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Common genetic variants highlight the role of insulin resistance and body fat distribution in type 2 diabetes, independently of obesity.

Author:
  • Robert A Scott
  • Tove Fall
  • Dorota Pasko
  • Adam Barker
  • Stephen J Sharp
  • Larraitz Arriola
  • Beverley Balkau
  • Aurelio Barricarte
  • Inês Barroso
  • Heiner Boeing
  • Françoise Clavel-Chapelon
  • Francesca L Crowe
  • Jacqueline M Dekker
  • Guy Fagherazzi
  • Ele Ferraninini
  • Nita G Forouhi
  • Paul Franks
  • Diana Gavrila
  • Vilmantas Giedraitis
  • Sara Grioni
  • Leif Groop
  • Rudolf Kaaks
  • Timothy J Key
  • Tilman Kühn
  • Luca Lotta
  • Peter Nilsson
  • Kim Overvad
  • Domenico Palli
  • Salvatore Panico
  • J Ramón Quirós
  • Olov Rolandsson
  • Nina Roswall
  • Carlotta Sacerdote
  • Núria Sala
  • María-José Sánchez
  • Matthias B Schulze
  • Afshan Siddiq
  • Nadia Slimani
  • Ivonne Sluijs
  • Annemieke Mw Spijkerman
  • Anne Tjonneland
  • Rosario Tumino
  • Daphne L van der A
  • Hanieh Yaghootkar
  • Mark I McCarthy
  • Robert K Semple
  • Elio Riboli
  • Mark Walker
  • Erik Ingelsson
  • Tim M Frayling
  • David B Savage
  • Claudia Langenberg
  • Nicholas J Wareham
Publishing year: 2014
Language: English
Pages: 4378-4387
Publication/Series: Diabetes
Volume: 63
Issue: 12
Document type: Journal article
Publisher: American Diabetes Association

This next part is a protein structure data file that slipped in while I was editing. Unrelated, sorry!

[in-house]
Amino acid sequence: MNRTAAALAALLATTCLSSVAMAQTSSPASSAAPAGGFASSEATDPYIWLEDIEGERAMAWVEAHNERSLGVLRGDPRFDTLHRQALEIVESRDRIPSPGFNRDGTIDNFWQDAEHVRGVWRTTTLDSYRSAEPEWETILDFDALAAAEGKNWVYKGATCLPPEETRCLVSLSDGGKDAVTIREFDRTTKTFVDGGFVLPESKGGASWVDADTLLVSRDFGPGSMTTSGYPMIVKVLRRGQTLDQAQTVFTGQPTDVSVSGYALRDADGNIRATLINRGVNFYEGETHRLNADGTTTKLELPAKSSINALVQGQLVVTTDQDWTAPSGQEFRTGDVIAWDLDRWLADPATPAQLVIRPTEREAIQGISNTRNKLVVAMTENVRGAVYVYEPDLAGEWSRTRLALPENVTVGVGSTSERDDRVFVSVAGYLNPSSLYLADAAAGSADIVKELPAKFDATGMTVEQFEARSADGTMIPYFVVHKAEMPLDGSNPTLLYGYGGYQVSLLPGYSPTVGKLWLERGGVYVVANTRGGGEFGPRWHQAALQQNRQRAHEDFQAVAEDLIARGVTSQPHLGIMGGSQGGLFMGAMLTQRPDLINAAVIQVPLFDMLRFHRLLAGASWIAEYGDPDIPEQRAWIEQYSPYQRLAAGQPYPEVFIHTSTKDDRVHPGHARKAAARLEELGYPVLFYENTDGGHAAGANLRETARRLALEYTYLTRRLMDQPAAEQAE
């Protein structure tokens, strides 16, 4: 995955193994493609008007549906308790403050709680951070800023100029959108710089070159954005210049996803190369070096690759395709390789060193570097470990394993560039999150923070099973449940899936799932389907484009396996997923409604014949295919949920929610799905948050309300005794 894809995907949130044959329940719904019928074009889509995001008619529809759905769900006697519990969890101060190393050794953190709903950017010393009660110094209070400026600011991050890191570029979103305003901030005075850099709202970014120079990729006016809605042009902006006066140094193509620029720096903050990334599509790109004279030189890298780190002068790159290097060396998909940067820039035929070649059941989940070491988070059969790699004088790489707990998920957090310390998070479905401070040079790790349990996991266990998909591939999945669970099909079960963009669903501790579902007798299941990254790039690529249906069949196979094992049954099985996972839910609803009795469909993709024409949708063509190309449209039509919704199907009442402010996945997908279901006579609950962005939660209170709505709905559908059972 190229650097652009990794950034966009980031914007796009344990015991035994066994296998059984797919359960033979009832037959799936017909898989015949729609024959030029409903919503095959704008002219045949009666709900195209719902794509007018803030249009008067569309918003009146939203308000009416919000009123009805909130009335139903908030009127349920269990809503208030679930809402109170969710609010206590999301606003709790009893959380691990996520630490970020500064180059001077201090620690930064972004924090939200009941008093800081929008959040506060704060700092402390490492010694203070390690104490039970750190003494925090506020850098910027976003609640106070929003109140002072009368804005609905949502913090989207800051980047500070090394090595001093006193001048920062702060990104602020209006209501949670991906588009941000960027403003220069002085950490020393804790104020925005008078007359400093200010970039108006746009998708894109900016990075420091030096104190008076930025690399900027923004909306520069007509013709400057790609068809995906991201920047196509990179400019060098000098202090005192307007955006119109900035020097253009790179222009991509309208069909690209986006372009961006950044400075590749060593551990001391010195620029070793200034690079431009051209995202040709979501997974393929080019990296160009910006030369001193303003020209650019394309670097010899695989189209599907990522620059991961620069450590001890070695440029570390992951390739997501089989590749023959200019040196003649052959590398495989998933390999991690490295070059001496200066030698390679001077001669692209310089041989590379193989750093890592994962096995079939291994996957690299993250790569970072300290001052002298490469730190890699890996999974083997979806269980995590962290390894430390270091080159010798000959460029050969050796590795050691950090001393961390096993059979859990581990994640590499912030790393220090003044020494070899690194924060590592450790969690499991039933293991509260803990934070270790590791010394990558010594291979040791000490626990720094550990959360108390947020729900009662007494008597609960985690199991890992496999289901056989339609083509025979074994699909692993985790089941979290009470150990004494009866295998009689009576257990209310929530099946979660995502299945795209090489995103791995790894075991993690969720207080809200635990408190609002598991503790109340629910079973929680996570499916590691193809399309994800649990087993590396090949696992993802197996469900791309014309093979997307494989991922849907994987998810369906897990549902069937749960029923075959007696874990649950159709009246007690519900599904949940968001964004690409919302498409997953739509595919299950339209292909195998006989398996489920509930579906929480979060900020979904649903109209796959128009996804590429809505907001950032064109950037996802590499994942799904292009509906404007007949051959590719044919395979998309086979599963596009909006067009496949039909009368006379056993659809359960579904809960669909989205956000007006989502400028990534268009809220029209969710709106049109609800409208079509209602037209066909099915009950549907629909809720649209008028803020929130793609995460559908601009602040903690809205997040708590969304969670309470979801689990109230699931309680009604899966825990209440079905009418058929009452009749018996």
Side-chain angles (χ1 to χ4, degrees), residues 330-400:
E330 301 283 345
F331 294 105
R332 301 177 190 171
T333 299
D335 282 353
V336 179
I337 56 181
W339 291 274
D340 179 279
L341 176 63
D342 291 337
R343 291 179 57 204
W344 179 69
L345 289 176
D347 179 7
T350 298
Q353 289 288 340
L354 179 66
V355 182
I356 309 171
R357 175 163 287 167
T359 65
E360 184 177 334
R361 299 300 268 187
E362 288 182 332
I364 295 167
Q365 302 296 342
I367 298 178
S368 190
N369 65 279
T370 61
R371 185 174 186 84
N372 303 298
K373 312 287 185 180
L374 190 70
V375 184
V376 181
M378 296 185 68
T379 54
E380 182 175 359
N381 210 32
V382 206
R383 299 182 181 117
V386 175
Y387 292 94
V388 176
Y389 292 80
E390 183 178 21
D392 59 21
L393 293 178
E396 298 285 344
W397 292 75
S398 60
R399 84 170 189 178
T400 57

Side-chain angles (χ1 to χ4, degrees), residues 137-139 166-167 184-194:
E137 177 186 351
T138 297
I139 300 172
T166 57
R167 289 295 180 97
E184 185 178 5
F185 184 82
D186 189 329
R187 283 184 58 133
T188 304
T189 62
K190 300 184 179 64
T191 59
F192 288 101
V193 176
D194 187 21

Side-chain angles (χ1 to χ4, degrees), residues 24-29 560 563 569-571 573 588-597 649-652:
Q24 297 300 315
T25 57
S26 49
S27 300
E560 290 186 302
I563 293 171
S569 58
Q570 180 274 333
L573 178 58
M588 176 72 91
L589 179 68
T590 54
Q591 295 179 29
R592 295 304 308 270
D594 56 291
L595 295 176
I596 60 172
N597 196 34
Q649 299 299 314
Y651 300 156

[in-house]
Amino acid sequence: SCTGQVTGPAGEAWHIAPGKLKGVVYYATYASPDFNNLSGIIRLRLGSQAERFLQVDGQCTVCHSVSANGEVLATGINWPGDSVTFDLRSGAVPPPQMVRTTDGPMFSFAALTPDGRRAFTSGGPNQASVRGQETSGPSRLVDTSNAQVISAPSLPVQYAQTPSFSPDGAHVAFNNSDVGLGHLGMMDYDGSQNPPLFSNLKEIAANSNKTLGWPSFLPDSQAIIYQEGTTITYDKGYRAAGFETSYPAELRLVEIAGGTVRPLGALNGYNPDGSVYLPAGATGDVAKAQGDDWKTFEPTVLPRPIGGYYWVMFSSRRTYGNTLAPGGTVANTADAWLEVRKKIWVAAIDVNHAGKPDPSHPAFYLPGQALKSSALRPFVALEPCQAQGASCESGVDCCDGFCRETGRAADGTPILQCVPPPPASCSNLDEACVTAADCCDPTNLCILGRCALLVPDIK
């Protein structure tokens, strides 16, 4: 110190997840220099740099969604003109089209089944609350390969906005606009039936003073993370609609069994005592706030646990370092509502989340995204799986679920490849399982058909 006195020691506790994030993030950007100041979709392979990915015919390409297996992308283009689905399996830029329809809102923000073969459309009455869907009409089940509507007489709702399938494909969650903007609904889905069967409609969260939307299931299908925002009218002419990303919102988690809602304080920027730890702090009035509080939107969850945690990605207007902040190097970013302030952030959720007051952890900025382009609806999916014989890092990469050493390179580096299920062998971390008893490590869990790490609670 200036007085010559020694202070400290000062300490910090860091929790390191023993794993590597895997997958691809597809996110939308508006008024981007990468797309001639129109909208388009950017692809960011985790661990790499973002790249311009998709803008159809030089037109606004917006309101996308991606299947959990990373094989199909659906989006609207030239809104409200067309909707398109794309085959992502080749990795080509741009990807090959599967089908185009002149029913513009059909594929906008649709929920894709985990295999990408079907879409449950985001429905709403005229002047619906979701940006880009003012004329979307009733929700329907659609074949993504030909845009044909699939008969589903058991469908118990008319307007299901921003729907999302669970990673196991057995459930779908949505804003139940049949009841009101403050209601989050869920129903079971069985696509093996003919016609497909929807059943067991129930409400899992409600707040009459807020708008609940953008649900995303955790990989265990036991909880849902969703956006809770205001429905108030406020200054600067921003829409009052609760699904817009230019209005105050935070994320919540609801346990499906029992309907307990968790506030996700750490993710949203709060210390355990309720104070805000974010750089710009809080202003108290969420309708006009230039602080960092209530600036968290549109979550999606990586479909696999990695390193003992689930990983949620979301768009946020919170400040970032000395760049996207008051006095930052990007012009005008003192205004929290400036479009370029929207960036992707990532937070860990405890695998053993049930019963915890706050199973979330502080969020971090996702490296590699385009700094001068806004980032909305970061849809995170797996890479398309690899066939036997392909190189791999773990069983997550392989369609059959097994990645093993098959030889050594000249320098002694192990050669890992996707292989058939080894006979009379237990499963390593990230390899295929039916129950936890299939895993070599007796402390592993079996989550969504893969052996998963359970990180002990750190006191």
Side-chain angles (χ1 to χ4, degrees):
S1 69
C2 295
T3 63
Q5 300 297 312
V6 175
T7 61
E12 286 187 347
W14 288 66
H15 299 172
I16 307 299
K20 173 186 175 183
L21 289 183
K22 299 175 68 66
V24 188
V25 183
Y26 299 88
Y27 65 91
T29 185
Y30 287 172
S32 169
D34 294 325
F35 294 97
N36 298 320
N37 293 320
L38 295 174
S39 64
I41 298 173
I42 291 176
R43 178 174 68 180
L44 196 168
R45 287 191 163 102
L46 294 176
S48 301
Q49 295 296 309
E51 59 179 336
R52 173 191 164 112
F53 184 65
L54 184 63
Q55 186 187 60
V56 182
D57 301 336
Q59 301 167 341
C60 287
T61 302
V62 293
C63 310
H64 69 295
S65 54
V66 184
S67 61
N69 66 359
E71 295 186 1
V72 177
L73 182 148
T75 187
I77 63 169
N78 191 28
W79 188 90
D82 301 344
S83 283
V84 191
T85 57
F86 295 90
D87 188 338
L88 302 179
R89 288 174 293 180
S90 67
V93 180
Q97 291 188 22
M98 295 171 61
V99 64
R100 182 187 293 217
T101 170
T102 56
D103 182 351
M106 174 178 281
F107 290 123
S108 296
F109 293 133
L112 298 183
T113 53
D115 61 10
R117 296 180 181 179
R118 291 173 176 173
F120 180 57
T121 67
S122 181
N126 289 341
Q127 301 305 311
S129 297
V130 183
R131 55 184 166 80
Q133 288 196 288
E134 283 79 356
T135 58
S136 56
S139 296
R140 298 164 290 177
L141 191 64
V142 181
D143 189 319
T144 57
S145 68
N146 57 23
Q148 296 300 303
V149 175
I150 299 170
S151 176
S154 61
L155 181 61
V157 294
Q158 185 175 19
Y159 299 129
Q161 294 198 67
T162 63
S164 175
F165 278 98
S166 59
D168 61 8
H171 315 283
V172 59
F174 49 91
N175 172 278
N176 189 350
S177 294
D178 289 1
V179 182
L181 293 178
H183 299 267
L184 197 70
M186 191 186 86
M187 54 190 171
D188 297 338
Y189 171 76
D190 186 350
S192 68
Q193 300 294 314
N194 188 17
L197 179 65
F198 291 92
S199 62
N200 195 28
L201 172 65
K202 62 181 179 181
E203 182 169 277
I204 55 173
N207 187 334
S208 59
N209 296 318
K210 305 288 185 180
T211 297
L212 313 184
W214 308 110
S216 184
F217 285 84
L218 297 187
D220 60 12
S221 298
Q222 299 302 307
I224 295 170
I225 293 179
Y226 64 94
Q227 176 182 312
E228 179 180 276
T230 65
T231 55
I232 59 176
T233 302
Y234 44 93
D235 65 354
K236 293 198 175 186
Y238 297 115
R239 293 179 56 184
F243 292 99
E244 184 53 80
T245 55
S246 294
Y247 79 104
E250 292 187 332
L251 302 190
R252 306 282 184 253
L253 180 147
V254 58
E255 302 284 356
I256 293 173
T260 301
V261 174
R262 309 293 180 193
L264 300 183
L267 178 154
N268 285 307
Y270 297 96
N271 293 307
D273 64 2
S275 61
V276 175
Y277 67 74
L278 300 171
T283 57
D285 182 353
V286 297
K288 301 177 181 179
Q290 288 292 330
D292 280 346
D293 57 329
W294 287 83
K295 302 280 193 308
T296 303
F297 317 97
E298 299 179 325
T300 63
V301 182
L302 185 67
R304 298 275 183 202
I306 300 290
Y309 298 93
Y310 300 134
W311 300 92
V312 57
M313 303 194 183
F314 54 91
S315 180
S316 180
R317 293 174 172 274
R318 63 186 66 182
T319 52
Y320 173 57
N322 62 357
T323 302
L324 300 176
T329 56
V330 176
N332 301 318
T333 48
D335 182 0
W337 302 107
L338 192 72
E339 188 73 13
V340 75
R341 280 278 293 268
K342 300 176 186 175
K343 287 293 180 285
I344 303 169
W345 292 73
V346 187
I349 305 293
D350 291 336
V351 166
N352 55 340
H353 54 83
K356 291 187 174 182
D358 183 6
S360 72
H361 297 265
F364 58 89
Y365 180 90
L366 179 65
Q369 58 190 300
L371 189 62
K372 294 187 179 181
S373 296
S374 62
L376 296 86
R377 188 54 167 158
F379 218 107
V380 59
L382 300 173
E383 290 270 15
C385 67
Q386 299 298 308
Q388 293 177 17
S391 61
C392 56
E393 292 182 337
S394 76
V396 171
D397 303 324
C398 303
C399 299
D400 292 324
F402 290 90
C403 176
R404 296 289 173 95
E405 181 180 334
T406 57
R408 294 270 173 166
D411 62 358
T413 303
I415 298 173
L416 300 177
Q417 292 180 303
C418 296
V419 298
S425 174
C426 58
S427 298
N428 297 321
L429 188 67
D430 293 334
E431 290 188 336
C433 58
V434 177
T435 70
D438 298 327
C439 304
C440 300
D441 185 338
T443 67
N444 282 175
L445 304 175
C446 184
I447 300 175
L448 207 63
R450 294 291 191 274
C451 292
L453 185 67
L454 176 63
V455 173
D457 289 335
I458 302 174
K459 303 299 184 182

Abstract english

We aimed to validate genetic variants as instruments for insulin resistance and secretion, to characterise their association with intermediate phenotypes, and to investigate their role in T2D risk among normal-weight, overweight and obese individuals.We investigated the association of genetic scores with euglycaemic-hyperinsulinaemic clamp- and OGTT-based measures of insulin resistance and secretion, and a range of metabolic measures in up to 18,565 individuals. We also studied their association with T2D risk among normal-weight, overweight and obese individuals in up to 8,124 incident T2D cases. The insulin resistance score was associated with lower insulin sensitivity measured by M/I value (β in SDs-per-allele [95%CI]:-0.03[-0.04,-0.01];p=0.004). This score was associated with lower BMI (-0.01[-0.01,-0.0;p=0.02) and gluteofemoral fat-mass : -0.03[-0.05,-0.02;p=1.4x10(-6)), and with higher ALT (0.02[0.01,0.03];p=0.002) and gamma-GT (0.02[0.01,0.03];p=0.001). While the secretion score had a stronger association with T2D in leaner individuals (pinteraction=0.001), we saw no difference in the association of the insulin resistance score with T2D among BMI- or waist-strata(pinteraction>0.31). While insulin resistance is often considered secondary to obesity, the association of the insulin resistance score with lower BMI and adiposity and with incident T2D even among individuals of normal weight highlights the role of insulin resistance and ectopic fat distribution in T2D, independently of body size.

Keywords

  • Endocrinology and Diabetes

Other

Published
  • Diabetes and Endocrinology
  • Genetic and Molecular Epidemiology
  • Internal Medicine
  • ISSN: 1939-327X
Paul Franks
E-mail: paul [dot] franks [at] med [dot] lu [dot] se

Principal investigator

Genetic and Molecular Epidemiology

+46 40 39 11 49

60-12-021

33

Lund University Diabetes Centre, CRC, SUS Malmö, Entrance 72, House 91:12. SE-205 02 Malmö. Telephone: +46 40 39 10 00